Broadcasters are already required to keep records on political spending on advertising, but the proposed rule would require that the stations load the information onto an online database.
Watchdog groups hope the rules will shed light on the big money behind political ad campaigns by making the data more accessible. The 2012 election could see an explosion of outside spending from SuperPAC groups.
"While technical limitations might have made widespread availability of the public file infeasible in 1950, the failure to do so in 2012 — using the Internet — is inexcusable," Eshoo wrote.
But broadcasters say the proposed rule would be burdensome to stations. They also argue it is unfair to impose requirements on broadcast television but not their competitors in cable and satellite.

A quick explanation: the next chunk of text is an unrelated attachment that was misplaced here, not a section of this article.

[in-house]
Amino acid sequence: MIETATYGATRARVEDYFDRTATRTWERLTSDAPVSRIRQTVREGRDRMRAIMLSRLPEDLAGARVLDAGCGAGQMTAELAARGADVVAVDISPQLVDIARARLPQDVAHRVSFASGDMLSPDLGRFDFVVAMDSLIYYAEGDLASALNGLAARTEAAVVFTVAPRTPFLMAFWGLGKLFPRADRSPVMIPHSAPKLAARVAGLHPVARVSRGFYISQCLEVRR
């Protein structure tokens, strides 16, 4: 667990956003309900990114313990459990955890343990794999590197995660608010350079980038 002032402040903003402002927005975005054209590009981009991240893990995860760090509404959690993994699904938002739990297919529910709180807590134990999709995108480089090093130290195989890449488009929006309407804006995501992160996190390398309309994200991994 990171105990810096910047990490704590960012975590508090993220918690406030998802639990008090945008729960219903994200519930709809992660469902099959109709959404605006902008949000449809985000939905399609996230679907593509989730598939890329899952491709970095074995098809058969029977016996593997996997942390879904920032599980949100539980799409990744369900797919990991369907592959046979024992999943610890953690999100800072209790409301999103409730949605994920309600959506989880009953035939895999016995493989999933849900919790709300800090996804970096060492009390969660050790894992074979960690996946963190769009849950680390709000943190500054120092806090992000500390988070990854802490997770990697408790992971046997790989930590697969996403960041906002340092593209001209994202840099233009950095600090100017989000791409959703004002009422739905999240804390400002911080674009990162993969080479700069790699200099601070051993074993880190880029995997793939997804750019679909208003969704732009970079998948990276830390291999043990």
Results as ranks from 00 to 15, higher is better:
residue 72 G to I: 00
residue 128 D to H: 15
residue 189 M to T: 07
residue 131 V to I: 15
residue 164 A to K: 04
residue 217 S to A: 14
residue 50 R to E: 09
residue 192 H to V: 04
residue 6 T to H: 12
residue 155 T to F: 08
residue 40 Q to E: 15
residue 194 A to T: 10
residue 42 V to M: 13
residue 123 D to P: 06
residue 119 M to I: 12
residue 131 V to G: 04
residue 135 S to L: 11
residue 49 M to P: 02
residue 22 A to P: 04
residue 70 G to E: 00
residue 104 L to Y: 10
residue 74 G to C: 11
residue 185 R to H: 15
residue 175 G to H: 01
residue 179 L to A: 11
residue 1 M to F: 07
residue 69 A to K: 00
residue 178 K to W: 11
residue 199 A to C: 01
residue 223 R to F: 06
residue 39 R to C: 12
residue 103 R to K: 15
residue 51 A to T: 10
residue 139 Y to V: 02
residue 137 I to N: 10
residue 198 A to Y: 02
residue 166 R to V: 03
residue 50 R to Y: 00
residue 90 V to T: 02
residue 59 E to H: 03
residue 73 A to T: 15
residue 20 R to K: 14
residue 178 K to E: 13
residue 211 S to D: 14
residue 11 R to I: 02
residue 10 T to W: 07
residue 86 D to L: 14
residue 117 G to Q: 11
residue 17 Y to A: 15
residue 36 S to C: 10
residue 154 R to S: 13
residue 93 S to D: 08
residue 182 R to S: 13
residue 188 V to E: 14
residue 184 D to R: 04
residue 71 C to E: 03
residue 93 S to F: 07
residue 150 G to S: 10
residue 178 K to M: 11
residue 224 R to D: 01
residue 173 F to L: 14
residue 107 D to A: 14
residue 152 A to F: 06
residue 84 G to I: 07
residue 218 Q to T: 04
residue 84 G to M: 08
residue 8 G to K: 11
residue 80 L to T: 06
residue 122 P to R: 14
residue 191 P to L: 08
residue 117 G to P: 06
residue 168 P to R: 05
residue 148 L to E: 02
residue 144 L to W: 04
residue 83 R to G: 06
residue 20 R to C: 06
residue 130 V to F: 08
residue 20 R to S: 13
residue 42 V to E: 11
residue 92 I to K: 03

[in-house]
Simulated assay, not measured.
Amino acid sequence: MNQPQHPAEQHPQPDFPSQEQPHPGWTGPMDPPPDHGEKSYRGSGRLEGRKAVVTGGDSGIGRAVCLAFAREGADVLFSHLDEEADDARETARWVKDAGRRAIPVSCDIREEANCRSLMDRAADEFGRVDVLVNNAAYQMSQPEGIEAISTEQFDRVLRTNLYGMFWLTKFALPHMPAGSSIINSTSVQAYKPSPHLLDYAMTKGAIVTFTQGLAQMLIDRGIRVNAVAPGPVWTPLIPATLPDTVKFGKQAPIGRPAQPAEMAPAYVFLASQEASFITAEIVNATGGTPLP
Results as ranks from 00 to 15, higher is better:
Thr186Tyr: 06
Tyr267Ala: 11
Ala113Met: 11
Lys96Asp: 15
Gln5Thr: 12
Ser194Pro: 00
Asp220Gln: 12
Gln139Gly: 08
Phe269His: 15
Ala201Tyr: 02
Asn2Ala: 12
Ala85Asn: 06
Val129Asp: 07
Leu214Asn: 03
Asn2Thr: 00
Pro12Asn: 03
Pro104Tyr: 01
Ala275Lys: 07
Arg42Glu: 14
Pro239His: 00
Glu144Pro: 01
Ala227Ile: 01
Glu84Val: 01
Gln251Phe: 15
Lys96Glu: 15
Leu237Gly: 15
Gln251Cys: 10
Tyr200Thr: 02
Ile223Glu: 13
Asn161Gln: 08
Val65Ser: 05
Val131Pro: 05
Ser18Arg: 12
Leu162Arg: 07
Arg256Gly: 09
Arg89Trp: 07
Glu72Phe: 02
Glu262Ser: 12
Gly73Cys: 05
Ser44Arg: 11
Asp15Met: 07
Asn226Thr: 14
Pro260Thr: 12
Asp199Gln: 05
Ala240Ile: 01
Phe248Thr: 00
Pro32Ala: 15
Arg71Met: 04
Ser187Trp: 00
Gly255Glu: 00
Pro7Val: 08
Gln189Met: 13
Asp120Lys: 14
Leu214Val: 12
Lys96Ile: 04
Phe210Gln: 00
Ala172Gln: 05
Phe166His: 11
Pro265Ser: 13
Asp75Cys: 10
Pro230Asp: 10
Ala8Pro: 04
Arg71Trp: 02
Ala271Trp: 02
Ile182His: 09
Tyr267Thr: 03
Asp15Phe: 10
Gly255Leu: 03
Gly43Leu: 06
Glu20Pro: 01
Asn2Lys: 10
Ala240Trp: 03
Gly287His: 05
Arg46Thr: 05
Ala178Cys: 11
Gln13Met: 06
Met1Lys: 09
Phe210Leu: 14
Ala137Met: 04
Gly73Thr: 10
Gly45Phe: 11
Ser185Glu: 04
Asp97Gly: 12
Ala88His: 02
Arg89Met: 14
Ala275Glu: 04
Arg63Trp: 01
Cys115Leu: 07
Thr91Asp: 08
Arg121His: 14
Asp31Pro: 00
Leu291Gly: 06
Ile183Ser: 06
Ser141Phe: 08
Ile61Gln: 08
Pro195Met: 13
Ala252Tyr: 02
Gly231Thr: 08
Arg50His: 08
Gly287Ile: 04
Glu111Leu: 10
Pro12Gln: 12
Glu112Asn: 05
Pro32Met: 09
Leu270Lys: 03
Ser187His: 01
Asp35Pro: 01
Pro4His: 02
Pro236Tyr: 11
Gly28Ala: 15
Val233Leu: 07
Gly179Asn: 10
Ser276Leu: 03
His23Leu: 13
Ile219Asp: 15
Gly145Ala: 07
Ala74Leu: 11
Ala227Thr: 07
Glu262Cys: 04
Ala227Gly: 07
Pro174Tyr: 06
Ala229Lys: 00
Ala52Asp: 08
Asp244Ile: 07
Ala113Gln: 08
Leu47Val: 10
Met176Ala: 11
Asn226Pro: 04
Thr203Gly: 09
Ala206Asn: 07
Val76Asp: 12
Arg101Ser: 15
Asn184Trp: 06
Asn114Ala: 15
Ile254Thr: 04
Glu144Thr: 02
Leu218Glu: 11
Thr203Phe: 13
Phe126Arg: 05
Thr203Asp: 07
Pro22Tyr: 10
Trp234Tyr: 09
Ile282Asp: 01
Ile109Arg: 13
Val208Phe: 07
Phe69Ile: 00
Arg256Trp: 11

A group of Republican senators urged Genachowski to abandon the proposal in a letter earlier this month. They called the rule "excessive and unnecessary" and said it would impose "heavy compliance costs."
The latest version of the regulation would only apply to network-affiliated stations in the top 50 markets for the first two years. After that period, all stations would have to comply with the requirements.
Genachowski has said the proposal is part of the commission's effort to increase transparency and put more information online. He said the proposed rule would allow academics, journalists and members of the general public to more easily find out which groups are buying political ads and how much they're spending.